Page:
1. Not finding help here? Sign up for a free 30min tutor trial with Chegg Tutors
    Dismiss Notice
Dismiss Notice
Join Physics Forums Today!
The friendliest, high quality science and math community on the planet! Everyone who loves science is here!

Negative Moment of Inertia from Atwood Machine Experiment?

  1. Mar 29, 2016 #1
    I'm currently completing an Atwood Machine Experiment with two 100g weights on either side of the pulley, with a variance in weight created by attaching dimes and pennies to either side of the weights. The point of the experiment is to validate:

    (m1 – m2)g = (m1 + m2 + I/R2)

    1. The problem statement, all variables and given/known data
    The experiment involved varying the weights between the sides and timing how long M1 takes to hit the ground from being dropped from a height where m2 is just hovering above the ground. This was my data.
    http://puu.sh/nYt7k/cef6642fe9.png [Broken]
    n represents the number of dimes attached to the bottom of m2. As the number decreases, the dimes removed are added to the m1 side.

    height from pulley to ground: 0.31m
    pulley radius: 0.025m

    2. Relevant equations
    m1g - T1 = m1 a
    T2 - m2 g = m2 a
    (T1-T2) R = Iα
    From this system:

    (m1 - m2)*g = (m1 + m2 + I/R2 )*a

    To graph the results, we can use:

    y= (m1-m2)g
    mx = (m1 + m2 + I/R2 )*a

    3. The attempt at a solution
    http://puu.sh/nYtGJ/5ebdb6e1a8.png [Broken]

    Trendline equation for (m1-m2)g vs a: y= 194.179672x + 47.74182125
    Moment of Inertia was calculated using: slope = (m1 + m2 + I/R2 )

    when solving for inertia by using the slope of the graph created by the a as the independent axis and (m1-m2)g as the dependent axis, I get a negative number. I'm quite lost at this point and I'm not sure how to proceed. It doesn't make sense to me that inertia is negative. Could this be because i'm not accounting for the fact that the y intercept isn't 0 in our combined inertia equation?

    Thanks in advance for the help,
    Firefox
     
    Last edited by a moderator: May 7, 2017
  2. jcsd
  3. Mar 29, 2016 #2
    What are you trying to express with with equation?
     
  4. Mar 29, 2016 #3
    Sorry about that, I'm not used to the formatting here yet!

    It should read:
    (T1-T2) R = Iα
     
  5. Mar 29, 2016 #4
    What do you think your dependent and independent variables are for you data analysis?
     
  6. Mar 29, 2016 #5
    I think (m1-m2)g is my dependent variable and my independent is a (acceleration).
     
  7. Mar 29, 2016 #6
    But don't you vary the masses and measure the acceleration? that implies to me that the variation in the masses is the independent variable. An that is a problem since the equation not only depends on the difference of the masses but also on their sum which are independent of one another.
     
  8. Mar 29, 2016 #7
    You make a good point, I'll admit, I didn't critically think about this point; I was following instructions from my lab manual. I've switched the variables around to see if it yields a different result, and alas, it seems I am still getting a negative inertia.

    http://puu.sh/nYDQv/d35faf1af2.png [Broken]
     
    Last edited by a moderator: May 7, 2017
  9. Mar 29, 2016 #8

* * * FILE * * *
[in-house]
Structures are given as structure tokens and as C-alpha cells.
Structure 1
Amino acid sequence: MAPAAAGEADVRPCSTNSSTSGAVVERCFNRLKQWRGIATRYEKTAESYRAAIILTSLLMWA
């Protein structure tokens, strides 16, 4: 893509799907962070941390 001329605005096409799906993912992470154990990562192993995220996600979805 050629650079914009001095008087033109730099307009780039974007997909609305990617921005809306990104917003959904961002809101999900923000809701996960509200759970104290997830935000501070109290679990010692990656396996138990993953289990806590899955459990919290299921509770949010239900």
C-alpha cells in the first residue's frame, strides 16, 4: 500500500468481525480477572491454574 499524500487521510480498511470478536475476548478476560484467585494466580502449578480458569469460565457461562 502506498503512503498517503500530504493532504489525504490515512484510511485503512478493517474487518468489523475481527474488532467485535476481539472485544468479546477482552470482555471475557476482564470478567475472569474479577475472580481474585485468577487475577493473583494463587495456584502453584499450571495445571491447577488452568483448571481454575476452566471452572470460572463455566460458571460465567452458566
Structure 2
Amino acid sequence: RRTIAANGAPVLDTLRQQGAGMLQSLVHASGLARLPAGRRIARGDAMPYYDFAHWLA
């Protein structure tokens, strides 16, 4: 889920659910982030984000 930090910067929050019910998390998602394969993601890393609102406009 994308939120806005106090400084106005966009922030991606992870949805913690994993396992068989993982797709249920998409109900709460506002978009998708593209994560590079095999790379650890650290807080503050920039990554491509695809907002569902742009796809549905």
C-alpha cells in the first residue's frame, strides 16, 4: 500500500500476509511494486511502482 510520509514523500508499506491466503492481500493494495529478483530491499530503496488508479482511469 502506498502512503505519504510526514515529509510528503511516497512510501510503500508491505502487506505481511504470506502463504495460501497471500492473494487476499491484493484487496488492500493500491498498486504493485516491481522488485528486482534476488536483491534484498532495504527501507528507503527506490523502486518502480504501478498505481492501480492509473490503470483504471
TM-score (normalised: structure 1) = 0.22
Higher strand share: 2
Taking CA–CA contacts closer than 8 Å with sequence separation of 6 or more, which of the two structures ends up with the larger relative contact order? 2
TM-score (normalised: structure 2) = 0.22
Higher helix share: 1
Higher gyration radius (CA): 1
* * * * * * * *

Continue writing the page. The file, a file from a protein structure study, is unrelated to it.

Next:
The equation that relates a to the difference is not linear. It should be of the form (I think)

    a = g⋅Δ/(2M +I/R2 - Δ) Where Δ is the mass difference and M is the sum of the two masses which is kept constant so we have only one independent variable.

    Oops Just noticed that a should = g⋅Δ/(2M +I/R2 + Δ)
     
  10. Mar 29, 2016 #9
    I'm not quire sure how you arrived at that equation. Do you mind explaining further?
     
  11. Mar 29, 2016 #10
    a the measured acceleration is the y- axis and Δ the difference in the masses of the weights is the x-axis. M is the sum of the two masses and is kept constant. You will be fitting a function of the form
    y = gx/( k + x) where k= 2M + I/R2 : k clearly should be a positive number.
     
  12. Mar 29, 2016 #11
    of course you just need to put in a value for a, Δ , and M to find I.
     
  13. Mar 29, 2016 #12

    gneill

    User Avatar

    Staff: Mentor

    A quick question; you wrote:
    Is the pulley height that of the center of the pulley? The bottom? Something else?
    You don't specify the starting height of the descending mass specifically. Can you clarify?

    It seems to me that if your total distance for the mass movement was less than about 26 cm then your calculated moment of inertia value would be positive.
     
  14. Mar 29, 2016 #13
    Wow ! Thank you! I've been staring at my data, and you have made realized this blunder. my h value is from the center of the pulley to the ground, which now I realize, is not the height in which the weight begins to fall from. Cheers! Mystery solved.

    Also, thanks to gleem for the help as well!

    I'm still quite new, is there a rep system where I can click for you guys?
     
  15. Mar 29, 2016 #14

    gneill

    User Avatar

    Staff: Mentor

    I'm glad it worked out. I couldn't see any obvious issues with the mechanics of your analysis so it occurred to me to look for what might be missing in the data.

    As for a "rep system", you can "like" individual posts, and once per year there's a member appreciation vote for various categories. There's also the Feedback and Announcements forum in the PF Lounge area where members can express their opinions on their experiences here at Physics Forums.

    Good luck with your lab report!
     
Know someone interested in this topic? Share this thread via Reddit, Google+, Twitter, or Facebook

Have something to add?
Draft saved Draft deleted



Similar Discussions: Negative Moment of Inertia from Atwood Machine Experiment?
  1. Atwood Machine Lab (Replies: 5)

Loading...